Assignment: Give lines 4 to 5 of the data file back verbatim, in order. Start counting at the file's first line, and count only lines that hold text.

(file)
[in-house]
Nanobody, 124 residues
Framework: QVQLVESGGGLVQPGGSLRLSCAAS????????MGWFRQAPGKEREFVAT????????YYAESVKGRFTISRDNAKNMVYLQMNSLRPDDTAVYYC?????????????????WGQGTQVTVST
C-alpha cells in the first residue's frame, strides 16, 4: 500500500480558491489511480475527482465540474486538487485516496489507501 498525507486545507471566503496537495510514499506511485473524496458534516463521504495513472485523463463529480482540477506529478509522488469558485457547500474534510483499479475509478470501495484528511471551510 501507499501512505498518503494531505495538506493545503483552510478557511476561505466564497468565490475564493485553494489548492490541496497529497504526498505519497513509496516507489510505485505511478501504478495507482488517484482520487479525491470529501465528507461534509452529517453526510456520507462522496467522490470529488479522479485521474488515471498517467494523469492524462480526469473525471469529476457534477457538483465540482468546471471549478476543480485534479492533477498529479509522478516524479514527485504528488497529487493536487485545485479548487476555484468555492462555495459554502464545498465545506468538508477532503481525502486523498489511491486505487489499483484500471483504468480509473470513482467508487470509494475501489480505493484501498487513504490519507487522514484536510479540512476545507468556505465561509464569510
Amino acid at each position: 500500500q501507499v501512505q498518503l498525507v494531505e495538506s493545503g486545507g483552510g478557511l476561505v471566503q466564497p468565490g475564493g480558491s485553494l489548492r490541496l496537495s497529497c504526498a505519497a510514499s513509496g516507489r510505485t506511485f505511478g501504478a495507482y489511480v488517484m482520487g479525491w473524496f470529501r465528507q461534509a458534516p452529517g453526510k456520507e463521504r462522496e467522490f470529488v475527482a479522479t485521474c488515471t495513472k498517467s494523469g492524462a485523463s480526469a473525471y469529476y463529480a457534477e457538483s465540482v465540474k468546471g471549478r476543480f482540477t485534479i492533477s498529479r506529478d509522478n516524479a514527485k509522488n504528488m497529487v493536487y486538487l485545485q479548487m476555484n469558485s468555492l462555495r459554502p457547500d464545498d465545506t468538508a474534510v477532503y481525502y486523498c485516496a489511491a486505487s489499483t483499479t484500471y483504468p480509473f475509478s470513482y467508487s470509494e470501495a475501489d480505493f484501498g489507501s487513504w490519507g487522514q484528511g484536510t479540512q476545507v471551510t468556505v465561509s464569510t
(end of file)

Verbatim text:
C-alpha cells in the first residue's frame, strides 16, 4: 500500500480558491489511480475527482465540474486538487485516496489507501 498525507486545507471566503496537495510514499506511485473524496458534516463521504495513472485523463463529480482540477506529478509522488469558485457547500474534510483499479475509478470501495484528511471551510 501507499501512505498518503494531505495538506493545503483552510478557511476561505466564497468565490475564493485553494489548492490541496497529497504526498505519497513509496516507489510505485505511478501504478495507482488517484482520487479525491470529501465528507461534509452529517453526510456520507462522496467522490470529488479522479485521474488515471498517467494523469492524462480526469473525471469529476457534477457538483465540482468546471471549478476543480485534479492533477498529479509522478516524479514527485504528488497529487493536487485545485479548487476555484468555492462555495459554502464545498465545506468538508477532503481525502486523498489511491486505487489499483484500471483504468480509473470513482467508487470509494475501489480505493484501498487513504490519507487522514484536510479540512476545507468556505465561509464569510
Amino acid at each position: 500500500q501507499v501512505q498518503l498525507v494531505e495538506s493545503g486545507g483552510g478557511l476561505v471566503q466564497p468565490g475564493g480558491s485553494l489548492r490541496l496537495s497529497c504526498a505519497a510514499s513509496g516507489r510505485t506511485f505511478g501504478a495507482y489511480v488517484m482520487g479525491w473524496f470529501r465528507q461534509a458534516p452529517g453526510k456520507e463521504r462522496e467522490f470529488v475527482a479522479t485521474c488515471t495513472k498517467s494523469g492524462a485523463s480526469a473525471y469529476y463529480a457534477e457538483s465540482v465540474k468546471g471549478r476543480f482540477t485534479i492533477s498529479r506529478d509522478n516524479a514527485k509522488n504528488m497529487v493536487y486538487l485545485q479548487m476555484n469558485s468555492l462555495r459554502p457547500d464545498d465545506t468538508a474534510v477532503y481525502y486523498c485516496a489511491a486505487s489499483t483499479t484500471y483504468p480509473f475509478s470513482y467508487s470509494e470501495a475501489d480505493f484501498g489507501s487513504w490519507g487522514q484528511g484536510t479540512q476545507v471551510t468556505v465561509s464569510t